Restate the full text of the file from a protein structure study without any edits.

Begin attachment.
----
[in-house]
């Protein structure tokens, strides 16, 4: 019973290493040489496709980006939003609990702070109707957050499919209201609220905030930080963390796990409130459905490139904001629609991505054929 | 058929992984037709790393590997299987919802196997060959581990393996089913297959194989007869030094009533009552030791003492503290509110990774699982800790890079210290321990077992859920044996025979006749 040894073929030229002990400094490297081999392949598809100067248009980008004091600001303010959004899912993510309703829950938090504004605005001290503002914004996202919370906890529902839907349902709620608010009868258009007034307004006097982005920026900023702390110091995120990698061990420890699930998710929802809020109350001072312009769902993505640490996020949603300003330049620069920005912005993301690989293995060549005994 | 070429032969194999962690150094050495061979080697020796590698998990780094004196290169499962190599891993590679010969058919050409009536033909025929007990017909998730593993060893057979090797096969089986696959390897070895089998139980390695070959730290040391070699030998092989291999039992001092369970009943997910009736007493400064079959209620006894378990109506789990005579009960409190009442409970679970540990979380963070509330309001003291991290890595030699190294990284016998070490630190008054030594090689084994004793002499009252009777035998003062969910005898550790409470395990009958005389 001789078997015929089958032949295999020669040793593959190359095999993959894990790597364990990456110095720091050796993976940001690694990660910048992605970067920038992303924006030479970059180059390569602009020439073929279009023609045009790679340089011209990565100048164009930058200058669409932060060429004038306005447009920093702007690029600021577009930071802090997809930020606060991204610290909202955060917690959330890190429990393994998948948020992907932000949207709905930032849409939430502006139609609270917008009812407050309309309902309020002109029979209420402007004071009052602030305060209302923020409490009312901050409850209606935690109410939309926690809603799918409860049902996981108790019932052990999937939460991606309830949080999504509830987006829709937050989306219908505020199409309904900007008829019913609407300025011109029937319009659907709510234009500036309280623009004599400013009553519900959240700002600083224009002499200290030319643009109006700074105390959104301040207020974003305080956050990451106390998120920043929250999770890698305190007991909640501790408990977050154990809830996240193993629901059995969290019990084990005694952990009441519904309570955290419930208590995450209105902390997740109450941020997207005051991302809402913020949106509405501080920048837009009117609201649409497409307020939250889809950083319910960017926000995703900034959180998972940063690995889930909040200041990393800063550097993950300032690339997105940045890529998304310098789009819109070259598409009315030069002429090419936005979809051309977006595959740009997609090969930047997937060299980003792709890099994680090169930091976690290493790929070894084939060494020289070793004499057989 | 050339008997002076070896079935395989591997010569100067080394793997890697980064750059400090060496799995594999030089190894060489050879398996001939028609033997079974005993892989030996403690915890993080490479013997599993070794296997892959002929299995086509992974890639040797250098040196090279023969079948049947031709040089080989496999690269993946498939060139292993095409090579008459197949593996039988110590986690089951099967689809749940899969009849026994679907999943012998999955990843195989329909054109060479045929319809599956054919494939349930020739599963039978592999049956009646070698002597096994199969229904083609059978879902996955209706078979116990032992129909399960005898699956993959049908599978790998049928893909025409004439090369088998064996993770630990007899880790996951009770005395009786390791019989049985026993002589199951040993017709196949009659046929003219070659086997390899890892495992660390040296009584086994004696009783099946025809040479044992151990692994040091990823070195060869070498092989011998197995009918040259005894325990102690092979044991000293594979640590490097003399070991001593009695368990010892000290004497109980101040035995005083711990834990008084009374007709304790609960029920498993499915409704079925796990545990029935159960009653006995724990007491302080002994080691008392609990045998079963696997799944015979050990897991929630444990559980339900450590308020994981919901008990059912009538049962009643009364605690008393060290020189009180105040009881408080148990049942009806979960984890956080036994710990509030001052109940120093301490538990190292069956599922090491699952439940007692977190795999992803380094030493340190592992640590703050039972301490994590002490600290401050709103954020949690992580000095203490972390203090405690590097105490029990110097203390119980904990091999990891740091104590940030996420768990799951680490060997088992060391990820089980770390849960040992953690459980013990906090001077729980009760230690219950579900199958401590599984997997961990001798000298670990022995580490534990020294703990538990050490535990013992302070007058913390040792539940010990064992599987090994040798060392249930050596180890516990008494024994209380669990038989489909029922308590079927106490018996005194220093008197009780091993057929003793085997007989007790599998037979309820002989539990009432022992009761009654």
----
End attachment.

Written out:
[in-house]
């Protein structure tokens, strides 16, 4: 019973290493040489496709980006939003609990702070109707957050499919209201609220905030930080963390796990409130459905490139904001629609991505054929 | 058929992984037709790393590997299987919802196997060959581990393996089913297959194989007869030094009533009552030791003492503290509110990774699982800790890079210290321990077992859920044996025979006749 040894073929030229002990400094490297081999392949598809100067248009980008004091600001303010959004899912993510309703829950938090504004605005001290503002914004996202919370906890529902839907349902709620608010009868258009007034307004006097982005920026900023702390110091995120990698061990420890699930998710929802809020109350001072312009769902993505640490996020949603300003330049620069920005912005993301690989293995060549005994 | 070429032969194999962690150094050495061979080697020796590698998990780094004196290169499962190599891993590679010969058919050409009536033909025929007990017909998730593993060893057979090797096969089986696959390897070895089998139980390695070959730290040391070699030998092989291999039992001092369970009943997910009736007493400064079959209620006894378990109506789990005579009960409190009442409970679970540990979380963070509330309001003291991290890595030699190294990284016998070490630190008054030594090689084994004793002499009252009777035998003062969910005898550790409470395990009958005389 001789078997015929089958032949295999020669040793593959190359095999993959894990790597364990990456110095720091050796993976940001690694990660910048992605970067920038992303924006030479970059180059390569602009020439073929279009023609045009790679340089011209990565100048164009930058200058669409932060060429004038306005447009920093702007690029600021577009930071802090997809930020606060991204610290909202955060917690959330890190429990393994998948948020992907932000949207709905930032849409939430502006139609609270917008009812407050309309309902309020002109029979209420402007004071009052602030305060209302923020409490009312901050409850209606935690109410939309926690809603799918409860049902996981108790019932052990999937939460991606309830949080999504509830987006829709937050989306219908505020199409309904900007008829019913609407300025011109029937319009659907709510234009500036309280623009004599400013009553519900959240700002600083224009002499200290030319643009109006700074105390959104301040207020974003305080956050990451106390998120920043929250999770890698305190007991909640501790408990977050154990809830996240193993629901059995969290019990084990005694952990009441519904309570955290419930208590995450209105902390997740109450941020997207005051991302809402913020949106509405501080920048837009009117609201649409497409307020939250889809950083319910960017926000995703900034959180998972940063690995889930909040200041990393800063550097993950300032690339997105940045890529998304310098789009819109070259598409009315030069002429090419936005979809051309977006595959740009997609090969930047997937060299980003792709890099994680090169930091976690290493790929070894084939060494020289070793004499057989 | 050339008997002076070896079935395989591997010569100067080394793997890697980064750059400090060496799995594999030089190894060489050879398996001939028609033997079974005993892989030996403690915890993080490479013997599993070794296997892959002929299995086509992974890639040797250098040196090279023969079948049947031709040089080989496999690269993946498939060139292993095409090579008459197949593996039988110590986690089951099967689809749940899969009849026994679907999943012998999955990843195989329909054109060479045929319809599956054919494939349930020739599963039978592999049956009646070698002597096994199969229904083609059978879902996955209706078979116990032992129909399960005898699956993959049908599978790998049928893909025409004439090369088998064996993770630990007899880790996951009770005395009786390791019989049985026993002589199951040993017709196949009659046929003219070659086997390899890892495992660390040296009584086994004696009783099946025809040479044992151990692994040091990823070195060869070498092989011998197995009918040259005894325990102690092979044991000293594979640590490097003399070991001593009695368990010892000290004497109980101040035995005083711990834990008084009374007709304790609960029920498993499915409704079925796990545990029935159960009653006995724990007491302080002994080691008392609990045998079963696997799944015979050990897991929630444990559980339900450590308020994981919901008990059912009538049962009643009364605690008393060290020189009180105040009881408080148990049942009806979960984890956080036994710990509030001052109940120093301490538990190292069956599922090491699952439940007692977190795999992803380094030493340190592992640590703050039972301490994590002490600290401050709103954020949690992580000095203490972390203090405690590097105490029990110097203390119980904990091999990891740091104590940030996420768990799951680490060997088992060391990820089980770390849960040992953690459980013990906090001077729980009760230690219950579900199958401590599984997997961990001798000298670990022995580490534990020294703990538990050490535990013992302070007058913390040792539940010990064992599987090994040798060392249930050596180890516990008494024994209380669990038989489909029922308590079927106490018996005194220093008197009780091993057929003793085997007989007790599998037979309820002989539990009432022992009761009654």